Cambridge Paper writer and philosopher Chris Watkin discusses two artists, Damien Hirst and Liviu Mocan, and the contrasting way each of them explores the themes of life and death through their work.
Hirst is one of the best known contemporary British artists, and controversial too; he is notorious for exhibiting dead animals in tanks of formaldehyde, and is in the record books for the highest revenue for a collection by a single artist sold at auction (£111 million in 2008, at the height of the global financial crisis).
Mocan, by contrast, is a Romanian Christian sculptor who explores the theme of death and resurrection in much of his work. Mocan's best known sculpture is 'Invitation/Decalogue', a circle of 10 giant pillars, resembling fingers from inside the circle which narrow to great blades on the outside. This was exhibited in Geneva in 2009 for the 500th anniversary of John Calvin's birth.
This paper explores the two sculptures first through what they assert through their form, size and audacity, before examining how death and life are actually absent from each, even though they appear to express these very themes.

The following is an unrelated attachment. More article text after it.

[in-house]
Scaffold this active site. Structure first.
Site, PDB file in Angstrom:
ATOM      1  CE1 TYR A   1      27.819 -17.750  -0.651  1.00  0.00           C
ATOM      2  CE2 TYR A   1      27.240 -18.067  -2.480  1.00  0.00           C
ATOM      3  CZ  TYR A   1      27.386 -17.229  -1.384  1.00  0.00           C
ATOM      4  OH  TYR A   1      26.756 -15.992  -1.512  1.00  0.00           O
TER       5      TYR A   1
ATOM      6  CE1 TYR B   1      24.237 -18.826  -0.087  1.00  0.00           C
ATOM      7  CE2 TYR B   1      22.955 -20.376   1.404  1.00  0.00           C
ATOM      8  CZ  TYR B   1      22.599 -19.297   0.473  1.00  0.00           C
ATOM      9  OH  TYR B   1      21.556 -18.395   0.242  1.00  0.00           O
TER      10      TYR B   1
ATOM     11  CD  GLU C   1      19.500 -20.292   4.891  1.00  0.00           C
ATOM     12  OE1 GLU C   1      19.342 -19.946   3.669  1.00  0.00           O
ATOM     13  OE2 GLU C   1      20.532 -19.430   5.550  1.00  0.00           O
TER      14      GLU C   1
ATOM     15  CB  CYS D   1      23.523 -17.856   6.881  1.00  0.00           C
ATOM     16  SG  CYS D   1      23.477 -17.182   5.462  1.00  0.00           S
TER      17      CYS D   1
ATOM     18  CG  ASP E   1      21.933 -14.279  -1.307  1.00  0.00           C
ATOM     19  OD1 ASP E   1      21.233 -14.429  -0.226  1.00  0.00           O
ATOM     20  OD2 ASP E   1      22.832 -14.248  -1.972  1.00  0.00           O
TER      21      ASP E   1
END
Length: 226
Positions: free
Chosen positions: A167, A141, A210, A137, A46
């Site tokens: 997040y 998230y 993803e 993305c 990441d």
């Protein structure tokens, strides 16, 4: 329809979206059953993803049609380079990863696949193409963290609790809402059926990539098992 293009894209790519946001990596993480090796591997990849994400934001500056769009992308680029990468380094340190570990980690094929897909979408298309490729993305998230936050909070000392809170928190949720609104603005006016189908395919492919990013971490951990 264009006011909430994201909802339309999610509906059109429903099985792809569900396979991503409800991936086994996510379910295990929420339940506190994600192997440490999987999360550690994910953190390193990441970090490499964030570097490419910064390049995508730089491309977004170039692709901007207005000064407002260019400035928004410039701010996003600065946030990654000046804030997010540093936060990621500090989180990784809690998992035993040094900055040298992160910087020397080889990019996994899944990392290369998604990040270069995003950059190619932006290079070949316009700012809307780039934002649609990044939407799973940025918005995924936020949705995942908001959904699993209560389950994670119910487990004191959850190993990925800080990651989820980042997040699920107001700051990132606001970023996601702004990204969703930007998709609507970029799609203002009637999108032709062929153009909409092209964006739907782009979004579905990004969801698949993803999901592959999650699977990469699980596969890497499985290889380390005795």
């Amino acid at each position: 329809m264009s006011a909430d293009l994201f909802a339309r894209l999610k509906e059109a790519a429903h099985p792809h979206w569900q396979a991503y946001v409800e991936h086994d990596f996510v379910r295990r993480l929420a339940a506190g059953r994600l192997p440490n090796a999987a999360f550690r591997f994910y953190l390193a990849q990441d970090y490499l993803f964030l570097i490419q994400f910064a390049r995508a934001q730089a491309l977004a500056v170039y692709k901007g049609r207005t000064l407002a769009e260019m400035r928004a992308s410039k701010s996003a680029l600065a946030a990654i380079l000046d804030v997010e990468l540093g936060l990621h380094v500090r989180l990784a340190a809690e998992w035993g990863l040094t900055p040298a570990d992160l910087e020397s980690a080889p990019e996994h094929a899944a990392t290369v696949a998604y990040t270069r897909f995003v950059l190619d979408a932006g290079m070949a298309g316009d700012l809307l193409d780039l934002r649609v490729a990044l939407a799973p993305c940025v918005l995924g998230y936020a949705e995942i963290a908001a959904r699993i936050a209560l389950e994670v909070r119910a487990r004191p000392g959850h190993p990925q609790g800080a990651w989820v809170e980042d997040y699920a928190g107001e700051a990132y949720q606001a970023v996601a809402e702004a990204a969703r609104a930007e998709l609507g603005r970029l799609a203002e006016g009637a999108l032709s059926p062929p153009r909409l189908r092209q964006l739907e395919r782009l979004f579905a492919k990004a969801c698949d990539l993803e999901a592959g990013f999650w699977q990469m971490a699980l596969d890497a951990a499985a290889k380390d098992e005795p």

Chris Watkin goes on to discuss the asymmetric nature of life and death in the sculptures in question, and how Mocan's work affirms that the two are not equal and opposite forces. Rather it's through resurrection that life is proved to be more than a match for death.
Finally, Watkin writes how there is a subtle performance of death going on in Hirst's decaying shark, and a similar performance of life surrounding Mocan's Illseed - 'a crescendo of hope'.